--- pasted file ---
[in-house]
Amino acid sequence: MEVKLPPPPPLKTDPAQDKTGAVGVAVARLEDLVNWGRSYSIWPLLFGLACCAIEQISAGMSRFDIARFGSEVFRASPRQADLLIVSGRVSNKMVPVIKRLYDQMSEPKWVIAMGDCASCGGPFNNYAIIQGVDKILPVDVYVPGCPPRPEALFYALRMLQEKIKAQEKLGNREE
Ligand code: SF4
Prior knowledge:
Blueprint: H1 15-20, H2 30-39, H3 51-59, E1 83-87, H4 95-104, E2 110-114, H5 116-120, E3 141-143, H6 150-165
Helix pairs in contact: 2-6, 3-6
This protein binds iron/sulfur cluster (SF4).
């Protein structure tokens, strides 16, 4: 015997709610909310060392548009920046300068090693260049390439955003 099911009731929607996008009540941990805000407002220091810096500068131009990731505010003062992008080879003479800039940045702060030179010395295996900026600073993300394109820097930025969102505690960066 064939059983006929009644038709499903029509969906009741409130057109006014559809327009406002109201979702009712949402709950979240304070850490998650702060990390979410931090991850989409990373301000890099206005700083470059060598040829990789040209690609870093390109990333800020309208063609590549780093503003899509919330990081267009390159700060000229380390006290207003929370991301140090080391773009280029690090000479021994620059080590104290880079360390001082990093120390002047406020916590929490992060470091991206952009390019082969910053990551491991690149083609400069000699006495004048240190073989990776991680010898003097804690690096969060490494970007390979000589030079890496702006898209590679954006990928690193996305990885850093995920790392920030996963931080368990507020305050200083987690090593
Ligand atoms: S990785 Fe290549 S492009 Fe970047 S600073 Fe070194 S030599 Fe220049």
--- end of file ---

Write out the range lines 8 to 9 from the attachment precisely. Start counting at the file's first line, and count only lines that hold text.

């Protein structure tokens, strides 16, 4: 015997709610909310060392548009920046300068090693260049390439955003 099911009731929607996008009540941990805000407002220091810096500068131009990731505010003062992008080879003479800039940045702060030179010395295996900026600073993300394109820097930025969102505690960066 064939059983006929009644038709499903029509969906009741409130057109006014559809327009406002109201979702009712949402709950979240304070850490998650702060990390979410931090991850989409990373301000890099206005700083470059060598040829990789040209690609870093390109990333800020309208063609590549780093503003899509919330990081267009390159700060000229380390006290207003929370991301140090080391773009280029690090000479021994620059080590104290880079360390001082990093120390002047406020916590929490992060470091991206952009390019082969910053990551491991690149083609400069000699006495004048240190073989990776991680010898003097804690690096969060490494970007390979000589030079890496702006898209590679954006990928690193996305990885850093995920790392920030996963931080368990507020305050200083987690090593
Ligand atoms: S990785 Fe290549 S492009 Fe970047 S600073 Fe070194 S030599 Fe220049």